24 January 2013 | News | By BioSpectrum Bureau
IBN develops anti-microbial hydrogel
Singapore: Researchers from A*Star's Institute of Bioengineering and Nanotechnology (IBN) and IBM have unveiled first-ever antimicrobial hydrogel that can break apart biofilms and destroy multidrug-resistant superbugs upon contact. Tests have demonstrated the effectiveness of this novel synthetic material in eliminating various types of bacteria and fungi that are leading causes of microbial infections, and preventing them from developing antibiotic resistance. This discovery may be used in wound healing, medical device and contact lens coating, skin infection treatment and dental fillings.
IBN executive director Professor Jackie Y Ying said, "By combining IBN's biomaterials expertise and IBM's experience in polymer chemistry, we were able to pioneer the development of a new nanomaterial that can improve medical treatment and help to save lives."
Bacteria primarily exist as free-floating cells or biofilms. When grouped together, the cells secrete a sticky polymeric substance, which weave and 'glue' the bacteria to surfaces. Compared to free-floating cells, biofilms are 100-1000 times less susceptible to antibiotics due to the acquired resistance from the tightly weaved microbial structure that blocks and prevents drug penetration. More than 80 percent of all human microbial infections are related to biofilm.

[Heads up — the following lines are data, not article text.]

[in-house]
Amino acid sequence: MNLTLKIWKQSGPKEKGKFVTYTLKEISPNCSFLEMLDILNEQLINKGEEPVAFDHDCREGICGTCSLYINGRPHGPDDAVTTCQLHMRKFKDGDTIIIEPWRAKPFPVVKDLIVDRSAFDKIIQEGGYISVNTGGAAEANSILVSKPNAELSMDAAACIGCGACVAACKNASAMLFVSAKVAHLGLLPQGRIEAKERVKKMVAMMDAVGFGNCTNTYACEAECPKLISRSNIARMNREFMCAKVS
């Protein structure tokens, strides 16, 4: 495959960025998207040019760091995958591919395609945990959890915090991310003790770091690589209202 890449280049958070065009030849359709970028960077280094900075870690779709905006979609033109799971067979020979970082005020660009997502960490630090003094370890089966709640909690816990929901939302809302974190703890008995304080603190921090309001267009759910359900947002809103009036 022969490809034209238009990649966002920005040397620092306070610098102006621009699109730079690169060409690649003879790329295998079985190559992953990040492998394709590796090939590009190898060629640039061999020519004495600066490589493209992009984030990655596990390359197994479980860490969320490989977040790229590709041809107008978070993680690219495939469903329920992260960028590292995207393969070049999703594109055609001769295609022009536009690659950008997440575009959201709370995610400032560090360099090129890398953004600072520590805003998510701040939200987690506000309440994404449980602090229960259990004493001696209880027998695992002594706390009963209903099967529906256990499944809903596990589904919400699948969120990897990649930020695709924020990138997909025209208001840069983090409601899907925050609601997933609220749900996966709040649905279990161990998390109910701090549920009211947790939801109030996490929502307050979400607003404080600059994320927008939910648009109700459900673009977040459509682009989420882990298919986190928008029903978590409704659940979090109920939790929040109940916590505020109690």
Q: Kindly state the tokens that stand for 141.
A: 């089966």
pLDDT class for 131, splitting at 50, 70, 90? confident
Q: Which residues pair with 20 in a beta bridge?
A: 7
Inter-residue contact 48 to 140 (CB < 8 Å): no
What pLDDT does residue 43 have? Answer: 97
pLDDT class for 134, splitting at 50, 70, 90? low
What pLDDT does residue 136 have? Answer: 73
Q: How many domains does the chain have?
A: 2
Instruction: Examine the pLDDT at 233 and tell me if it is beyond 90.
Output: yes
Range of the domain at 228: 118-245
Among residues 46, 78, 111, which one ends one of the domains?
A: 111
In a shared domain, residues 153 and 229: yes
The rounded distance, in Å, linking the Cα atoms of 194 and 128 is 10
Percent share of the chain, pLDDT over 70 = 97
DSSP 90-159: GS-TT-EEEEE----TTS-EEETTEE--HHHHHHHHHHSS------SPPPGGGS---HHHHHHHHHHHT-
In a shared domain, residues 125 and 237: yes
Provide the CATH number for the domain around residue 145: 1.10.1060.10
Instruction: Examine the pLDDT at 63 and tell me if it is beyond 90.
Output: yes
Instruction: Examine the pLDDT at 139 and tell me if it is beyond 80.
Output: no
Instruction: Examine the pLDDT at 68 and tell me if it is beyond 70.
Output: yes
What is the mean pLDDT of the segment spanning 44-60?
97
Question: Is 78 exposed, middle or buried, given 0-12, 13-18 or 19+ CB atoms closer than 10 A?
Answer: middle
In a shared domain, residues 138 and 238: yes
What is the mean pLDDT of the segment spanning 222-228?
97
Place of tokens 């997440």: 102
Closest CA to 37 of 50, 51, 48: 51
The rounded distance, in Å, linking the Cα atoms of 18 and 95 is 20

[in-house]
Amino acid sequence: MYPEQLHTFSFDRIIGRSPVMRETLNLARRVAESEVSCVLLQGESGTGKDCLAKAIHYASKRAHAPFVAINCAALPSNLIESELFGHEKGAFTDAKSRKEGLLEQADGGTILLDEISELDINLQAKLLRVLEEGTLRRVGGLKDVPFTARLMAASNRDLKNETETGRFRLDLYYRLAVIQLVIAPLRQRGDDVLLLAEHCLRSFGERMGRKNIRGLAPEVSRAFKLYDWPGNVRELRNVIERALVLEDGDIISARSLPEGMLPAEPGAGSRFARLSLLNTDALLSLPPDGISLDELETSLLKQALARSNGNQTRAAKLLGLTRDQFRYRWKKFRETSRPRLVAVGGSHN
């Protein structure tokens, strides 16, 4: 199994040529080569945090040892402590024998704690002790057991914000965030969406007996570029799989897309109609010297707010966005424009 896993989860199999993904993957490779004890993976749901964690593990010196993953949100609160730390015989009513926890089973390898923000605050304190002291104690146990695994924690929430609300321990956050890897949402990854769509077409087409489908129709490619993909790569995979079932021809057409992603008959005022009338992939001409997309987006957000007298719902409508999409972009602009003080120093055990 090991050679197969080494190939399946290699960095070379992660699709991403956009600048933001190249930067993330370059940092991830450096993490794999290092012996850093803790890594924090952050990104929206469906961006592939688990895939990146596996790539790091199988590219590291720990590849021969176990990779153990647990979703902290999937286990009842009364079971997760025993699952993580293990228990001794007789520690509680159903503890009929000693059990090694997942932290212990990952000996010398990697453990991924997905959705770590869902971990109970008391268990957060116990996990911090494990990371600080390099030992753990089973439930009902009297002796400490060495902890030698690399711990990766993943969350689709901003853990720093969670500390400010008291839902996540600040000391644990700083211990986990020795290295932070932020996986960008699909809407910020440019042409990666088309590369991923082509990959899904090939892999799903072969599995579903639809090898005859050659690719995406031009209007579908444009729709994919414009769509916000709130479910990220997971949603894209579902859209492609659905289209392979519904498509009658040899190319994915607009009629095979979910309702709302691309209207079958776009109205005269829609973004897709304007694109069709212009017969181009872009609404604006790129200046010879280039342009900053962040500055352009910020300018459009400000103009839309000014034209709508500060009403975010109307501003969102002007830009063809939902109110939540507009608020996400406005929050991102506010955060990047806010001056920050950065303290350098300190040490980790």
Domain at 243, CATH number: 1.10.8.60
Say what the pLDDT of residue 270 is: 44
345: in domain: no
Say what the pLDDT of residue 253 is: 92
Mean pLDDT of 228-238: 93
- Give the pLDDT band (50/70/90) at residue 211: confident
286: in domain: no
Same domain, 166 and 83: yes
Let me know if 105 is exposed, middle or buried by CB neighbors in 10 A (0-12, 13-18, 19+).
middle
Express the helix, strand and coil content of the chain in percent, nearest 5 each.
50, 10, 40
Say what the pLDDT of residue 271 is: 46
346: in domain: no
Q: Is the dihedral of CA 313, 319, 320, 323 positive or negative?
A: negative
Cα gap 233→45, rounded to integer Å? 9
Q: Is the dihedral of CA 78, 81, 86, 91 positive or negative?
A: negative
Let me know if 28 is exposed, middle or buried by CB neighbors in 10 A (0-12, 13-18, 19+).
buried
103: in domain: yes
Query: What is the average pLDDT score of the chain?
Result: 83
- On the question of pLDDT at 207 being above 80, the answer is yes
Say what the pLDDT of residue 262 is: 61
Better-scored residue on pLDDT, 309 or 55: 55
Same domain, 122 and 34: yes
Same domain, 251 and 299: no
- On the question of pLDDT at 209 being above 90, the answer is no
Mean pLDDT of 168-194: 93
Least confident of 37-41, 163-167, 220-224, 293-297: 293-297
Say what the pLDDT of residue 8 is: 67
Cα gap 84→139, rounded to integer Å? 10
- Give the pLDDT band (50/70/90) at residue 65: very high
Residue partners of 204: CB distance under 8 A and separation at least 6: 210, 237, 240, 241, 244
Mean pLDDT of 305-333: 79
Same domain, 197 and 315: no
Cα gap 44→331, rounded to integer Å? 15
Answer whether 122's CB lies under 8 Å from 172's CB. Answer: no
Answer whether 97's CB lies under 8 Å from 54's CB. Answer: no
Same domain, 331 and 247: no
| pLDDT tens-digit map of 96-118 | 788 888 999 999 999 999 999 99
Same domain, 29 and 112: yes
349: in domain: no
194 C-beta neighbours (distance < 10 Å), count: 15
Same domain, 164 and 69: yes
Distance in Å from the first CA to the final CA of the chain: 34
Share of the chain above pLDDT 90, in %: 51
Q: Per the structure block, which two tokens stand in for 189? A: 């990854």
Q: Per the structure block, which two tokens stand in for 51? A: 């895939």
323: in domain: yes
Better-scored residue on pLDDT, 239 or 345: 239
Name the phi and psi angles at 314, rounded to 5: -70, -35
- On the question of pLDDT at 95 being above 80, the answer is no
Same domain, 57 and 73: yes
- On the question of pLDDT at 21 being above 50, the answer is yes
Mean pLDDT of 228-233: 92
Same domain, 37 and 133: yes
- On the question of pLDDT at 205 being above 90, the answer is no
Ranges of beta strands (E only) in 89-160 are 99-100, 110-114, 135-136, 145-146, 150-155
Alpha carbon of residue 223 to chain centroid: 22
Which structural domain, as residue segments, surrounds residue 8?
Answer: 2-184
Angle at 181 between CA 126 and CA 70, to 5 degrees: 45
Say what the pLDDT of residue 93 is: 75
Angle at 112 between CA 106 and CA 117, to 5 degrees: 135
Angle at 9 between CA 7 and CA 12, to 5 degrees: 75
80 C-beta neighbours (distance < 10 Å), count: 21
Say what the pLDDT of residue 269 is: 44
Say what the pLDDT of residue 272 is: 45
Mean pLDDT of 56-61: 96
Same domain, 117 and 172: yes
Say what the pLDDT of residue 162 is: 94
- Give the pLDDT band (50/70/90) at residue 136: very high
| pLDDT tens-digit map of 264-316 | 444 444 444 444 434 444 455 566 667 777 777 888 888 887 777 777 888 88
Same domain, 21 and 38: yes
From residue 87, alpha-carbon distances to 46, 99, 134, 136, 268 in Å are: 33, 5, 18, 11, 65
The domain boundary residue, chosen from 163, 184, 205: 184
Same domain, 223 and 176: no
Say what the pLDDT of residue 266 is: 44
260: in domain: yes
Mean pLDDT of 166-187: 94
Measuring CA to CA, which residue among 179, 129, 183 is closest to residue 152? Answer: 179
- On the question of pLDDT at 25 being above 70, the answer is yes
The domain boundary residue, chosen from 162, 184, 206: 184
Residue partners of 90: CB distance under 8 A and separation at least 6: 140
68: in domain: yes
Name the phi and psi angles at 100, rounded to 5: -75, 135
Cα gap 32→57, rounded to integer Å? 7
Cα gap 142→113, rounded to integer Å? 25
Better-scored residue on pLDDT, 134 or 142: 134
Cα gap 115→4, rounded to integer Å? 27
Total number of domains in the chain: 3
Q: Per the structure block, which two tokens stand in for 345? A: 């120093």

The emergence of new strains of superbugs and shortage of new drugs has exacerbated the need for an effective antimicrobial solution. Traditional household antiseptics and disinfectants are also proving to be ineffective in eliminating drug-resistant germs.